Tell your friend,
A) The term 'Laptop' is really a misnomer.
If the laptop's air intake duct is on the bottom of the laptop, it should Not be set on a persons lap, a bed, couch, or directly on a carpet floor.
This blocks the air intake duct, and cause the laptop to overheat.
B) Any computer, desktop, or laptop, uses air to cool the hardware components inside the computer.
The fan that draws the air into the computer, also draws in 'foreign debris'.
Dust, dirt, hair, food crumbs, you name it.
Especially with a laptop, and even more specifically a laptop with it's air intake duct on the bottom.
(Some laptop designs have the air intake duct on the side of the laptop. They still draw in 'foreign debris')
The cooling system of a laptop is it's small fan, a finned Heatsink, and a Cooling Tube.
When these hardware components get clogged with the aforementioned foreign debris, the cooling capacity drops tremendously.
If the Processor overheats it turns off. (BIOS turns it off)
A Processor has a thermal limit. A certain operating temperature it can reach, and no more, or it turns off.
This is a Fail Safe feature to keep the Processor from burning up.
No Processor operating, No computer.
Laptop operating, have your friend quickly find where the air is drawn in.
This is the air intake duct.
ALL power removed from the laptop, AC adapter (Charger) and Battery, use a can of compressed air for computers, and clean the air intake duct.
Insert the provided plastic 'straw' into the nozzle of the can of air.
Break the plastic lock tab off of the top of the nozzle.
Laptop closed, on a table, and on edge.
Hold the laptop with one hand, and the can of air with the other hand.
Bring the straw close to the grille of the air intake duct, and use Short Bursts of air.
Squeeze the trigger in all the way, then let go quickly.
You do Not want to spin the fan inside too fast.
The fan is only designed to spin so fast.
Spinning the fan faster than it was designed for can lead to premature failure of the fan's bearings.
Once your friend is satisfied that the air intake duct is cleaned out, sit the laptop down with one side propped up on a book.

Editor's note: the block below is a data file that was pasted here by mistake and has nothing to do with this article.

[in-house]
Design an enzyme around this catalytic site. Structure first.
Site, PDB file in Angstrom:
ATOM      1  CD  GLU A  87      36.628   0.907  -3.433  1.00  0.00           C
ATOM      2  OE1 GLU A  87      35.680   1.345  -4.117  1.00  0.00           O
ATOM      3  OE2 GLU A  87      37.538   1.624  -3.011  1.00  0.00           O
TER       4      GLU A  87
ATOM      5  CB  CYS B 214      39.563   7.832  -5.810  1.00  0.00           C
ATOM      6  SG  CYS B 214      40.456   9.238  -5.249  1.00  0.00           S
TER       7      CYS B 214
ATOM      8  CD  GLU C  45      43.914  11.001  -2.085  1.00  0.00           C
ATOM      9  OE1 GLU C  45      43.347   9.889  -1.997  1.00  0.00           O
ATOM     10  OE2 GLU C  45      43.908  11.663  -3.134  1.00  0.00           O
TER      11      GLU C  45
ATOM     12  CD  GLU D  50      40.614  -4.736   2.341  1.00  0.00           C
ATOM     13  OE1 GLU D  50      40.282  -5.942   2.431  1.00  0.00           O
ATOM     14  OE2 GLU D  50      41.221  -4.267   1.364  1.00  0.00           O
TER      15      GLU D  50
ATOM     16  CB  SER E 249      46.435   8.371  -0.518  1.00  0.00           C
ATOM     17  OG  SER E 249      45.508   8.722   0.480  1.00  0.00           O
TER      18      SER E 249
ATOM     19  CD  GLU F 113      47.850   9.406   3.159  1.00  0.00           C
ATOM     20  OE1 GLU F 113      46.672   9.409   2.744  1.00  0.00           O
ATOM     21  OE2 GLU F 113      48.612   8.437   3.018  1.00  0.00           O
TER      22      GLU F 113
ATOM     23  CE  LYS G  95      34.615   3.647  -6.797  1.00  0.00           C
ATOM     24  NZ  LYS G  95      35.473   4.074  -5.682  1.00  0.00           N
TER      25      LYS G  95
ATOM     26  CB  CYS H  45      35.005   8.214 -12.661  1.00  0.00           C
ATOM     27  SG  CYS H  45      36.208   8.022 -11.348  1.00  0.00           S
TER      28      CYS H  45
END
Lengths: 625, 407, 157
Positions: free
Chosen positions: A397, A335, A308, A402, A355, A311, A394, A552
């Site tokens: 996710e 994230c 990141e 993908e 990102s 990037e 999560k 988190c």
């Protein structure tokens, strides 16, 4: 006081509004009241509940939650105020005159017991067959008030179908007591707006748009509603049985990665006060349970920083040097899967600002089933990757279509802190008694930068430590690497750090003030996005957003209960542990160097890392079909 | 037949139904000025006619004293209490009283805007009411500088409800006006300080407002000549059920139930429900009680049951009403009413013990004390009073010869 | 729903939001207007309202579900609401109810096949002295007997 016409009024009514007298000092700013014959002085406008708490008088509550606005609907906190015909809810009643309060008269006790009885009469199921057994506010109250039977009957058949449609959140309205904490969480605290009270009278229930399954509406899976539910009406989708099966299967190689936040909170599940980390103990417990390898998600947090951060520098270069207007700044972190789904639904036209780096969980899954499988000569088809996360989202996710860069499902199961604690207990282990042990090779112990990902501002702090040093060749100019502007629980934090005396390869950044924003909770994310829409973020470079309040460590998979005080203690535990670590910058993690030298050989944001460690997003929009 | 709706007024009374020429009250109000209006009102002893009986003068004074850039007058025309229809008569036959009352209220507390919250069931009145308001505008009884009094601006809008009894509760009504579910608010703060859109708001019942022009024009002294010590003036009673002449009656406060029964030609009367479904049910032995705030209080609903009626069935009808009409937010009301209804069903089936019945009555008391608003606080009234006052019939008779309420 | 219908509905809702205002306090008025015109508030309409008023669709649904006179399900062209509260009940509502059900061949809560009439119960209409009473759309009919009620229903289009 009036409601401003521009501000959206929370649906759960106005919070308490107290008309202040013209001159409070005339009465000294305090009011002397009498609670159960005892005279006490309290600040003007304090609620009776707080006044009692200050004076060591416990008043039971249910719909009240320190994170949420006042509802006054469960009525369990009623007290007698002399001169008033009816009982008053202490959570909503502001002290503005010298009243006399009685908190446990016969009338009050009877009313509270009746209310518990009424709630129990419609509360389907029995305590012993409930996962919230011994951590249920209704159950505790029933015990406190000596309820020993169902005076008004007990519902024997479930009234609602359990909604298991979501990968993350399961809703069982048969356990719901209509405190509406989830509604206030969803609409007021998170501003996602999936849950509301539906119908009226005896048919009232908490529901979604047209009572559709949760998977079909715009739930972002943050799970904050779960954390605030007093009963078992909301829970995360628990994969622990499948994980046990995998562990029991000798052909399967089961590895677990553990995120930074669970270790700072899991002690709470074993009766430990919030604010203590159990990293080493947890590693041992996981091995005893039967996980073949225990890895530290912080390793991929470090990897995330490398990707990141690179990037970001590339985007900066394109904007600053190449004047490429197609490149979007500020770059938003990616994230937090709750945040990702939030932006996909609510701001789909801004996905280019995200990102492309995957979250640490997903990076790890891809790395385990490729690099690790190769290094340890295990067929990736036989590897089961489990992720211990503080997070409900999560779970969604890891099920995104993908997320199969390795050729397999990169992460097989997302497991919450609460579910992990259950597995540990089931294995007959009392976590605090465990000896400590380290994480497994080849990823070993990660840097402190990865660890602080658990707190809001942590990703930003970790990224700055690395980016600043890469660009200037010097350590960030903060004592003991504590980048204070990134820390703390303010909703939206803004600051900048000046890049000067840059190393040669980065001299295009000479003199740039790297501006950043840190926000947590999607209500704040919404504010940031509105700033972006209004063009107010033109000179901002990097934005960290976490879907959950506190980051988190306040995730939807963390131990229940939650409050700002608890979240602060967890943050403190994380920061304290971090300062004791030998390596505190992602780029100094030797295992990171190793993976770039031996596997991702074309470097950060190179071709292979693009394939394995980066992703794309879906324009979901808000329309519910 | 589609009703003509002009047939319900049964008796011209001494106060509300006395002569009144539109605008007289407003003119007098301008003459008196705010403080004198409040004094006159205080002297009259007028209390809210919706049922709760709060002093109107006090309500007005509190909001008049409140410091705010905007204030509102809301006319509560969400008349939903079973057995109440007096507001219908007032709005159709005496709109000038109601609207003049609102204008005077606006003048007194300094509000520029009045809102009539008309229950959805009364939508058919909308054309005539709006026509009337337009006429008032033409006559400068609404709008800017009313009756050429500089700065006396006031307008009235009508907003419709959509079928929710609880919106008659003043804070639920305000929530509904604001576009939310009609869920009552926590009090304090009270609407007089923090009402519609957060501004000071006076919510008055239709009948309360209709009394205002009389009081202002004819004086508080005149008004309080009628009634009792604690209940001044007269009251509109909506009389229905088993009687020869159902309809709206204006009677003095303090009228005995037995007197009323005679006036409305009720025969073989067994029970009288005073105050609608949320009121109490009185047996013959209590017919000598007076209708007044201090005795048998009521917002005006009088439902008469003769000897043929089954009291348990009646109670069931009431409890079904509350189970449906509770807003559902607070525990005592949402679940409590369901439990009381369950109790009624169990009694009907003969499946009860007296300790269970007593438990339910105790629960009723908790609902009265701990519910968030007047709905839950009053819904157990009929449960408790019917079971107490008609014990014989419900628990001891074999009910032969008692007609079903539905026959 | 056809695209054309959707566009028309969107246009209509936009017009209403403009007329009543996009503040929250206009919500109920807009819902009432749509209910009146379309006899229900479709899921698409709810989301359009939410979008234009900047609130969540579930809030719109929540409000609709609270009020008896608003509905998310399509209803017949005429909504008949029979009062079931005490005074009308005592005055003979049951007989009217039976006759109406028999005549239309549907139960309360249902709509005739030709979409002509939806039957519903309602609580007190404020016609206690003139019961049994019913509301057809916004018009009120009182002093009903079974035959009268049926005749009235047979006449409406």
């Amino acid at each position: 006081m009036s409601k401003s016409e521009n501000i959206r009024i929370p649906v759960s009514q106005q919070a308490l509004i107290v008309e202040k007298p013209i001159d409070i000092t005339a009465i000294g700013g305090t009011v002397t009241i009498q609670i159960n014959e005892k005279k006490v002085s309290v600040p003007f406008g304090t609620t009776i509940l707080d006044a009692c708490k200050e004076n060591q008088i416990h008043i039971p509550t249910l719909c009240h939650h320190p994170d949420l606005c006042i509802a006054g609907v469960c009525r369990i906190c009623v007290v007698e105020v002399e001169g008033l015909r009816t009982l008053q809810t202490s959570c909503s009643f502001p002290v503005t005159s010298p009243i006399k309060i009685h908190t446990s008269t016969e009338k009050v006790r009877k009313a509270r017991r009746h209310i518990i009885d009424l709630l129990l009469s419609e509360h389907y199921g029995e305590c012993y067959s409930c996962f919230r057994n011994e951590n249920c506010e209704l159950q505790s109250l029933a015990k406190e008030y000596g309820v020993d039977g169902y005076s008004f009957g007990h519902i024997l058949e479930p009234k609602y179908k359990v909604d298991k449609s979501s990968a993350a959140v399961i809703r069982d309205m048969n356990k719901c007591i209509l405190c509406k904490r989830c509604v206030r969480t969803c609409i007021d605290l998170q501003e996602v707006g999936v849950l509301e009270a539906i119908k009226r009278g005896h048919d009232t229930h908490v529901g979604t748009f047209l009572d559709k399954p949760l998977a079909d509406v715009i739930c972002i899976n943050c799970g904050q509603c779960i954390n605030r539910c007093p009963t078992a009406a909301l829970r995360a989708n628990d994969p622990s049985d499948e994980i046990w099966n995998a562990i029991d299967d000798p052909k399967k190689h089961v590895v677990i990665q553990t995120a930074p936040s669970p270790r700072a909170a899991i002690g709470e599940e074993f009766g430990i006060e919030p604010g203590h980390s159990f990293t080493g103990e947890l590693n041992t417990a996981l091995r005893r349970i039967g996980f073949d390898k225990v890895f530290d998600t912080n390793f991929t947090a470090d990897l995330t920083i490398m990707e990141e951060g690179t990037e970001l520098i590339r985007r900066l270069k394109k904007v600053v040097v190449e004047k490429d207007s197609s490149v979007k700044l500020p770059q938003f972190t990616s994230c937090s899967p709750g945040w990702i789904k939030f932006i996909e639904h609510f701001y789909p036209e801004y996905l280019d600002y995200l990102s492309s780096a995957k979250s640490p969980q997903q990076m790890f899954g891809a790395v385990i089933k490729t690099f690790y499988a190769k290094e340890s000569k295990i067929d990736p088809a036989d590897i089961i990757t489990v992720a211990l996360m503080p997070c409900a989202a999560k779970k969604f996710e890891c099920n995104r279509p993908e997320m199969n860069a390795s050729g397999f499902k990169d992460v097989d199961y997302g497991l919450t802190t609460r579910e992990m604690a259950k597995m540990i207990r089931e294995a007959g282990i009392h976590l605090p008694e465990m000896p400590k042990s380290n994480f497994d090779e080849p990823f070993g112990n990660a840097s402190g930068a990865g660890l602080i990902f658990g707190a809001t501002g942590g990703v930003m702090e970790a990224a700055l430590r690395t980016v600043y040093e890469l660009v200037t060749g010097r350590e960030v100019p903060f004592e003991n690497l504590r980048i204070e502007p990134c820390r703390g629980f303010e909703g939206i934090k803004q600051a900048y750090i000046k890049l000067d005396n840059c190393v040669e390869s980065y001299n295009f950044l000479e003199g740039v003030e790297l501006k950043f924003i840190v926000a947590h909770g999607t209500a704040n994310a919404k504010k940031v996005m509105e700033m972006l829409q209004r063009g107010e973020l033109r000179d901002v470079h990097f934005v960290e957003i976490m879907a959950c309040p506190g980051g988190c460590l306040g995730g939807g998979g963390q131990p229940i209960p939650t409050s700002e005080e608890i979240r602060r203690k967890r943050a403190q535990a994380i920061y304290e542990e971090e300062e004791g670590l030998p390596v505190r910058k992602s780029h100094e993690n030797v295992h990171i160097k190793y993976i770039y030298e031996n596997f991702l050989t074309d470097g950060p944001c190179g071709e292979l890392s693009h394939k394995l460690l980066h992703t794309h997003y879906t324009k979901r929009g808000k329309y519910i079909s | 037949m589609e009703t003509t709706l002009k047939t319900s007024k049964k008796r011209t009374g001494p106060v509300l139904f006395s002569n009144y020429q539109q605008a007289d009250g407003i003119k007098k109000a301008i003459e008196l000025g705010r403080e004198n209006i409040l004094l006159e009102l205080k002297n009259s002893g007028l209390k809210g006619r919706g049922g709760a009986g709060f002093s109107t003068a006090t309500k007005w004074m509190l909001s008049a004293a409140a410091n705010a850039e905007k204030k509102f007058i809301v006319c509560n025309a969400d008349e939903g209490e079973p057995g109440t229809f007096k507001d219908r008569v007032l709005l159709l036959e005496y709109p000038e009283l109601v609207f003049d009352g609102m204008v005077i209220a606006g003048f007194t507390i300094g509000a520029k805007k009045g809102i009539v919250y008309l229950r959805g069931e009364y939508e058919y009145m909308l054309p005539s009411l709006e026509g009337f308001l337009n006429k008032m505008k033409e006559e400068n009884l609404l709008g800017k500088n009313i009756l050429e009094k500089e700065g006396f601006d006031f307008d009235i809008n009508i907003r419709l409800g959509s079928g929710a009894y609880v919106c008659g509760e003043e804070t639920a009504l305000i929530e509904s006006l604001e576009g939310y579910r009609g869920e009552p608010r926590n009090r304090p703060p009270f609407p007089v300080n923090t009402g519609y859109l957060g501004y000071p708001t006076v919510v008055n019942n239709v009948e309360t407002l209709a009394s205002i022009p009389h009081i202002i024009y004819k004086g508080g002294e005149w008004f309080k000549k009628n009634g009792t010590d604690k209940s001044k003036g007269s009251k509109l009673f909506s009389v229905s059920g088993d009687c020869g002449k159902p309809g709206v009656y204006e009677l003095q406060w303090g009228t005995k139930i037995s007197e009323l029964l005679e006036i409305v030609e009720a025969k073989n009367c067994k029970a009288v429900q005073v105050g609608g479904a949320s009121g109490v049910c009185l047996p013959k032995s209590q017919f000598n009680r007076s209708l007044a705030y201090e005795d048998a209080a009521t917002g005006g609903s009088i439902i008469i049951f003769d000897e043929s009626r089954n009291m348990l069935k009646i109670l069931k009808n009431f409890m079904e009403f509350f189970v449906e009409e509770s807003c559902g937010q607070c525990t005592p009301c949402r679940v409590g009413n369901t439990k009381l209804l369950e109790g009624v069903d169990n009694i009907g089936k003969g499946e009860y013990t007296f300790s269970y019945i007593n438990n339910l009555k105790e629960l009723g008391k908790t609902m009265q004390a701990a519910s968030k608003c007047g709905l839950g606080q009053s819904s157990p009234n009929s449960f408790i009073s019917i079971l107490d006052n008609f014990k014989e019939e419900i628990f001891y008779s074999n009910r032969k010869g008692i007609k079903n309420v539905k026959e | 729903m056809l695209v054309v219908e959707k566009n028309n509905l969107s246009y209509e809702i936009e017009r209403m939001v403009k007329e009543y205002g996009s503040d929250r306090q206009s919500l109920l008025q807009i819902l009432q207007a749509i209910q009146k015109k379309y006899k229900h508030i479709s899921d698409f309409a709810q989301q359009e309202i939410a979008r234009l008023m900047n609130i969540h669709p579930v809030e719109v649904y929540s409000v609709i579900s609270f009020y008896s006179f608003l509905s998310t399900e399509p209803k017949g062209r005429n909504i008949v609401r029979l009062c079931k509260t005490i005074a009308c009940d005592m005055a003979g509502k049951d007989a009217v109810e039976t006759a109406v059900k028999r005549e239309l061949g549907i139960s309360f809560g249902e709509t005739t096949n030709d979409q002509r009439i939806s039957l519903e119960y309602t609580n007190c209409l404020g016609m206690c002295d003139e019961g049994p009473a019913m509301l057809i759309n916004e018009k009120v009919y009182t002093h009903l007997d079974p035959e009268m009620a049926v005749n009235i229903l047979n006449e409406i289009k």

You are not supposed to tilt the can of air when using it. Doing so will let some of the propellant come out.
It is inevitable that the can will be tilted when trying to do a good job.
The laptop is propped up so the propellant can have time to dry out.
Around 5 minutes should be good.
Set the laptop down off of the book, plug the Battery back in, then the AC adapter.
Wait 1 minute, then turn the laptop on.
If this procedure leads to no avail, then it is time to take it to a professional computer repair shop.
The tech will open the laptop up, and physically remove 'foreign debris' that the can of air could not remove.
There are some laptops that have a real poor cooling system design.
For these types of laptops they need an additional cooling source.
Tell your friend they have to sit there with a fan, and wave it at the laptop.
NO JUST KIDDING!
Tell your friend that they may wish to try a Cooling Pad.
These are examples of a laptop Cooling Pad,http://www.tigerdirect.com/applications/SearchTools/search.asp?keywords=cooling+pad
If the above search link doesn't work, here is one example of a Cooling Pad,http://www.tigerdirect.com/applications/SearchTools/item-details.asp?EdpNo=4242568&CatId=3486
If your friend feels technically inclined, I may be able to find a free Service Manual online, that states how to disassemble the laptop.
This way your friend can do the heavy cleaning themselves, and save money.
I would need to know the laptop manufacturers name, and Model Number. Bottom of the laptop.